Cruz Mega-Donor is Gay, Pro-Pot Billionaire
Tea Party-backed Senate candidate Ted Cruz points with pride to the army of small conservative donors supporting him. But his largest longtime contributor is a gay billionaire who supports same-sex marriage and marijuana legalization, campaign finance filings show.
Peter Thiel, a German-born hedge fund manager and founder of the online payment system PayPal, gave Cruz $251,000 in 2009 for his aborted run for attorney general. The money represented 19 percent of the total raised for that campaign, which Cruz ended after Attorney General Greg Abbott decided to run for re-election.
Thiel, an early Facebook investor who was portrayed by actor Wallace Langham in the movie The Social Network, has kept up the support since Cruz launched his U.S. Senate bid. He has given Cruz $5,000 combined for the Senate primary and for Cruz’s July 31 runoff against Lt. Gov. David Dewhurst, the maximum amount allowed. And Thiel was the largest single donor to the most generous outside group backing Cruz — the Club for Growth Action super PAC — in the most recent federal disclosure period, according to the Center for Responsive Politics.
Thiel gave the super PAC $1 million in May, filings show. Club for Growth has set a $5 million fundraising goal ahead of the Texas runoff. The Club for Growth declined to say if Thiel had earmarked the contributions to benefit Cruz, but called the donor a “great American” and a “defender of liberty.”
Attempts to reach Thiel through the website of one of his companies, Founders Fund, were not successful.
Cruz spokesman John Drogin said Cruz considers Thiel a friend even though they do not talk frequently or agree on every issue. In 2009, Cruz attended an invitation-only conference in Greensboro, Georgia with Thiel that brought together “conservative, Republican and libertarian leaders, thinkers and media to discuss advancing conservative and libertarian principles,” according to Cruz’s campaign. Thiel picked up the $1,220.80 in lodging costs for Cruz during the conference. The billionaire paid for the other participants’ lodging, too, the Cruz campaign said.
“Ted enjoys support from thousands of Texans and Americans who understand that politicians from both parties have failed us, and while Ted may not agree with every policy position of every supporter, Ted is grateful to the thousands of supporters who understand that above all, we must reduce the size of government and defend the Constitution,” Drogin said.
But Thiel’s political and financial support for gay rights and legal marijuana, among other causes, have made him a lightning rod in the U.S. Senate race. Thiel has given money to gay Republican groups incluing GOProud and the American Foundation for Equal Rights. He enthusiastically backed Republican Ron Paul in the presidential race, providing most of the money for the candidate’s super PAC, Endorse Liberty.
Before the May 29 primary, when there were nine GOP candidates in the Senate race, former Dallas Mayor Tom Leppert highlighted the Thiel donations during a joint appearance on WFAA-TV in Dallas. “They received a quarter-of-a-million dollars from the gay activist who was leading the fight for gay marriage in California,” Leppert said.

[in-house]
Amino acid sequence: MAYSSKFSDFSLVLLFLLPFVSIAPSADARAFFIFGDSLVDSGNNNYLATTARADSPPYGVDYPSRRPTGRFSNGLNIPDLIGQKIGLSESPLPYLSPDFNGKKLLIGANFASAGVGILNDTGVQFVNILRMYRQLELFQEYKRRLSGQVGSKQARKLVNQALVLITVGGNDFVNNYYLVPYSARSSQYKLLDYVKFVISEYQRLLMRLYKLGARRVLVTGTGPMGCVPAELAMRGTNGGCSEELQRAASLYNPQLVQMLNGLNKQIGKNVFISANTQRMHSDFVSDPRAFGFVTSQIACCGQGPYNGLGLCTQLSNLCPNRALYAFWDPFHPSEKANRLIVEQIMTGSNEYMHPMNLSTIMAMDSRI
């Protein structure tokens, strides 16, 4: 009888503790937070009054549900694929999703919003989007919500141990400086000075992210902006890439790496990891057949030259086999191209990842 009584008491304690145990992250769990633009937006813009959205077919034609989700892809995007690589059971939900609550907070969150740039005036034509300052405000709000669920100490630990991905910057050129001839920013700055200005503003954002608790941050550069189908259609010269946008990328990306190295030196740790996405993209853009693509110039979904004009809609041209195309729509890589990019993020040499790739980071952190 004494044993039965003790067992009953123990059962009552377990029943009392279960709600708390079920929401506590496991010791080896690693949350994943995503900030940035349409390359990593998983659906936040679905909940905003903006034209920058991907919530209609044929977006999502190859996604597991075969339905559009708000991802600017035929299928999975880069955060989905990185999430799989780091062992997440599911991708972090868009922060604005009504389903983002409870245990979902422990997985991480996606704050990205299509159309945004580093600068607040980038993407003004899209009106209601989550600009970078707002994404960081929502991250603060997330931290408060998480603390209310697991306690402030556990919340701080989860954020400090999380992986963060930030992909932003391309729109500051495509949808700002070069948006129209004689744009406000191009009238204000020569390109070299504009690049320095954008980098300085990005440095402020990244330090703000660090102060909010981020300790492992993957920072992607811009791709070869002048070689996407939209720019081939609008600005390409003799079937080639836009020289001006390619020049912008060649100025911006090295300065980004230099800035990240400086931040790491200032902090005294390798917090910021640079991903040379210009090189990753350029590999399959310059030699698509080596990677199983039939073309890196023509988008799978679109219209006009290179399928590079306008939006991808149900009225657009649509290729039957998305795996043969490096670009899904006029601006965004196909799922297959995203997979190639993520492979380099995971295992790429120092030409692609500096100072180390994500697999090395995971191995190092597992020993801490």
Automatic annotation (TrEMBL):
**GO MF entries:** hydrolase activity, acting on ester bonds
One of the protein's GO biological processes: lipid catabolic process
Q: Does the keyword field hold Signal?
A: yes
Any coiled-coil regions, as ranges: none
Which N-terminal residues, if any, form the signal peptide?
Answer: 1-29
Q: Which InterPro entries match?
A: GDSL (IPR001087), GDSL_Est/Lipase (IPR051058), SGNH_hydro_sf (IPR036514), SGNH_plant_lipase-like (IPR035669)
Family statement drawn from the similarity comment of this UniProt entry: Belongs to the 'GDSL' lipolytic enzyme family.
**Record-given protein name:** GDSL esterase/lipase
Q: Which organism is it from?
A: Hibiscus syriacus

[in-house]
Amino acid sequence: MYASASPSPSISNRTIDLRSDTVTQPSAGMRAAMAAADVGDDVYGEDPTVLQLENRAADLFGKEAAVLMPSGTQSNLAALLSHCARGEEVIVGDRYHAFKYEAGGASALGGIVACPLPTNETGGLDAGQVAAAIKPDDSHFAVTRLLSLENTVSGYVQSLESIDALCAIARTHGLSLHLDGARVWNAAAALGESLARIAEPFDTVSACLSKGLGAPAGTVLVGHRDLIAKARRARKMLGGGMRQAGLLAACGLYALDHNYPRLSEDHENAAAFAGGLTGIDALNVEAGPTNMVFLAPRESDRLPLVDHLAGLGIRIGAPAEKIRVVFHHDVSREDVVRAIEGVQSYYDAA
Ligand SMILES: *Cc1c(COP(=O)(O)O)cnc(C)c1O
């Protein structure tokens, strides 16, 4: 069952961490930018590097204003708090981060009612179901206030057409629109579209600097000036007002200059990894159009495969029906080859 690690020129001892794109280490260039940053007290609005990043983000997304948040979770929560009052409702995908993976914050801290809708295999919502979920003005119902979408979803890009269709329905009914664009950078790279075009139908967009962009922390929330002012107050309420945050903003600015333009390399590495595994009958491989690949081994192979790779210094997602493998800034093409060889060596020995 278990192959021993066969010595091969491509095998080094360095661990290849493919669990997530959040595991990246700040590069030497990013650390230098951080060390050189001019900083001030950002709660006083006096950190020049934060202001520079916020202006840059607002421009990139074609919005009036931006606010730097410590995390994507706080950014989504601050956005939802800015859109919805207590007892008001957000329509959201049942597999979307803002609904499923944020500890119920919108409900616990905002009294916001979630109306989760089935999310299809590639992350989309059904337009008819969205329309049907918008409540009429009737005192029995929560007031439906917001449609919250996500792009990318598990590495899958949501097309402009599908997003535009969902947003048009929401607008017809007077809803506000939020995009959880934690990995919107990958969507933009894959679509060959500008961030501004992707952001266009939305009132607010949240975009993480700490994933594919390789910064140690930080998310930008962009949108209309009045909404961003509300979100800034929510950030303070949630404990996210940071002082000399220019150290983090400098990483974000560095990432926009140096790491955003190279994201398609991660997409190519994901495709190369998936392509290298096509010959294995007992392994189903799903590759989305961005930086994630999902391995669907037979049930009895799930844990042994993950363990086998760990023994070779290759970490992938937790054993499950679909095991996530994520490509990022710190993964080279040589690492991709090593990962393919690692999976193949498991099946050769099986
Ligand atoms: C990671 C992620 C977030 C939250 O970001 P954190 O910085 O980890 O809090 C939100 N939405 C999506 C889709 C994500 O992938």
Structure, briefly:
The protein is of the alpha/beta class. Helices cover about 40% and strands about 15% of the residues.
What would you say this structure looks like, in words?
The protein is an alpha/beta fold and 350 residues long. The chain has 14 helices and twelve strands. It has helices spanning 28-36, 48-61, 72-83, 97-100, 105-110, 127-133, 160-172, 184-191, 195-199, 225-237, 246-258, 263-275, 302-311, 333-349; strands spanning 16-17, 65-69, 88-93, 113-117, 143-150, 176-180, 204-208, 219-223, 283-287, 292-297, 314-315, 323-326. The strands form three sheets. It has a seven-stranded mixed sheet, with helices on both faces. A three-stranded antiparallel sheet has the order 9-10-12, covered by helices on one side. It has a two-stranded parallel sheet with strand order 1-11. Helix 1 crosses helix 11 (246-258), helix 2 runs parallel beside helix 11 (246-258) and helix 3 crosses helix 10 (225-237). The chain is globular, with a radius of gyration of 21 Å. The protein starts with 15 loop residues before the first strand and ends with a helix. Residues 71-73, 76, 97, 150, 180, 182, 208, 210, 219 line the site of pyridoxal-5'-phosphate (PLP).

Cruz did not directly respond to the criticism at the time, though he and other Republican candidates had previously attacked Leppert for appearing at a gay pride parade when he was mayor of Dallas.
On Sunday, Drogin reasserted that “Ted’s record of defending marriage between one man and one woman is as clear and unwavering as his commitment to reduce the size of government and defend the Constitution come hell or high water.”
Now that Cruz is locked in a bitter summer runoff, the Thiel donations are again generating some political heat.
Dewhurst spokesman Mark Miner said the donations from Thiel show Cruz is “deceiving” Texans about his political alliances.
“It’s hypocritical and deceitful for Ted Cruz to claim to be a Tea Party Republican when his largest donor spends millions of dollars pushing the opposite side of conservative issues important to Republicans,” Miner said.
Thiel has supported numerous other Republican candidates and committees, including Sen. Orrin Hatch of Utah, Sen. Rand Paul of Kentucky and U.S. House Majority Leader Eric Cantor of Virginia.
Thiel describes himself as a libertarian and has supported a variety of unorthodox causes, from the development of floating human sea colonies to life-extending technologies. Thiel also set up a foundation to give $100,000 scholarships to young entrepreneurs who drop out of college to pursue creative business ideas.
Thiel is listed as a member of the steering committee of the Bilderberg group, which stages a yearly gathering that brings together influential world leaders in politics, business and other fields to discuss international affairs. The secret meetings have prompted protests by activists who allege they are being staged to create a new world order and capitalist domination.
Glenn Addison, who was in the GOP Senate primary but didn’t make the runoff, said the Bilderberg connection worries him.
“Birds of a feather flock together,” Addison said. “I think voters need to be concerned and ask about whatever alliances people have that are running for office.”